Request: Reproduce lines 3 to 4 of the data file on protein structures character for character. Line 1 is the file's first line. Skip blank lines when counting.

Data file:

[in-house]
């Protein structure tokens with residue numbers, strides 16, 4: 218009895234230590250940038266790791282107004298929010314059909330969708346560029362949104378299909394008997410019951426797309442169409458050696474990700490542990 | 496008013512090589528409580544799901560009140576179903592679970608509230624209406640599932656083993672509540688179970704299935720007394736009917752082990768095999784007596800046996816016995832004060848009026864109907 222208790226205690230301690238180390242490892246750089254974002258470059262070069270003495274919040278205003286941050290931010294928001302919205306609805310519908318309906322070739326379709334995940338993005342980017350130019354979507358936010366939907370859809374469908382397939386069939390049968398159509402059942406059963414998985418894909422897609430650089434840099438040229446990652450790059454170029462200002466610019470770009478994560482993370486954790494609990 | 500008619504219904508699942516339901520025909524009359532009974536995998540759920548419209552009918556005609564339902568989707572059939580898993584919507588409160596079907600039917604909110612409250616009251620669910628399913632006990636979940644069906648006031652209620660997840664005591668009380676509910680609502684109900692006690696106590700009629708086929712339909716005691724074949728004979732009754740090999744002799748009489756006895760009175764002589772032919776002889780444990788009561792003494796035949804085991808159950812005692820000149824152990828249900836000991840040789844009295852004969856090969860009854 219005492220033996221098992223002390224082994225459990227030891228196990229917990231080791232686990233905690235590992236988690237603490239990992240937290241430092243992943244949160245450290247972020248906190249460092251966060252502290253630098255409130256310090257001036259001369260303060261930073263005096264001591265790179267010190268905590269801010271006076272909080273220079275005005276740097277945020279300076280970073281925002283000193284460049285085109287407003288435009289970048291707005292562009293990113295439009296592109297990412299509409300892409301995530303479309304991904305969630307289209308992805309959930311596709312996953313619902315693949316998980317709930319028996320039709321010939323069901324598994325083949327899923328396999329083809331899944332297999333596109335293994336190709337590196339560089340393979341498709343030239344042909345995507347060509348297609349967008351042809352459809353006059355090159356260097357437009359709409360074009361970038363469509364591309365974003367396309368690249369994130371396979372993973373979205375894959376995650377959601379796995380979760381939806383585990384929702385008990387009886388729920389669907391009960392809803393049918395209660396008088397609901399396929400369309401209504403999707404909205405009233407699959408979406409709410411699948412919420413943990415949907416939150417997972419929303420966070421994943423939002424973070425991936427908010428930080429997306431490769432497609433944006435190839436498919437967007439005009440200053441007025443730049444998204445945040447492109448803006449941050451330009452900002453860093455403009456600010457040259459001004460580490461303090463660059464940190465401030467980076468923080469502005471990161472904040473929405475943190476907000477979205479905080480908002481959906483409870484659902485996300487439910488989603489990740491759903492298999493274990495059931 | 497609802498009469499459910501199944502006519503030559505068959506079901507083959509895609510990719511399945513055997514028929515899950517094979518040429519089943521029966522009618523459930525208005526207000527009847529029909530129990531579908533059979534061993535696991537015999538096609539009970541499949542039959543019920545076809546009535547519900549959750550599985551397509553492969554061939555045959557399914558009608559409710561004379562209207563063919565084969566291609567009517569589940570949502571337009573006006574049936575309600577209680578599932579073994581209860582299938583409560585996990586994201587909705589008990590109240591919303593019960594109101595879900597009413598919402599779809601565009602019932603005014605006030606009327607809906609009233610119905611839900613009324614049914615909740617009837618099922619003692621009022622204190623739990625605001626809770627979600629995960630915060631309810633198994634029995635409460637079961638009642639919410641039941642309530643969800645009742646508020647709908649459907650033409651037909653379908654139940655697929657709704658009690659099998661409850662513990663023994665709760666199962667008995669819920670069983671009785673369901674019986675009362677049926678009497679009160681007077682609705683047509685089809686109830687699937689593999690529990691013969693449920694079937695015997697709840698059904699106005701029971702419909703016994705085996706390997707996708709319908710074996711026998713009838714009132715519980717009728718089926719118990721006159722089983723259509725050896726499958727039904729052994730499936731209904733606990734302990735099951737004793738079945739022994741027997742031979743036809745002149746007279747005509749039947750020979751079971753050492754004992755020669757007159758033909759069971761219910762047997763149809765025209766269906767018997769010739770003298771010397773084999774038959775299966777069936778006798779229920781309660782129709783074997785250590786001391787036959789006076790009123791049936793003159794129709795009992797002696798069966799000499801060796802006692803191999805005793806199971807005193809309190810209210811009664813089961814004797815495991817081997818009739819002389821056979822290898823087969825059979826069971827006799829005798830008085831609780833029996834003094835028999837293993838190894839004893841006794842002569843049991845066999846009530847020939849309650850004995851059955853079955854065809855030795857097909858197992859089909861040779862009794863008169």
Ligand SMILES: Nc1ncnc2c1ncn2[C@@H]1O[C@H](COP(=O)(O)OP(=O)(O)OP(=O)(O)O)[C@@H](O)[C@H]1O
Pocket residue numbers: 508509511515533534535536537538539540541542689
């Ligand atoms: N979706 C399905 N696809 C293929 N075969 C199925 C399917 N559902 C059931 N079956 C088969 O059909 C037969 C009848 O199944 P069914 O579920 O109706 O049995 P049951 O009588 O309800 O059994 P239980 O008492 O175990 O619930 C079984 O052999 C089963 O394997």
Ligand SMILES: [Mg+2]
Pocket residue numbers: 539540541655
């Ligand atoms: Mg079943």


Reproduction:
Ligand SMILES: Nc1ncnc2c1ncn2[C@@H]1O[C@H](COP(=O)(O)OP(=O)(O)OP(=O)(O)O)[C@@H](O)[C@H]1O
Pocket residue numbers: 508509511515533534535536537538539540541542689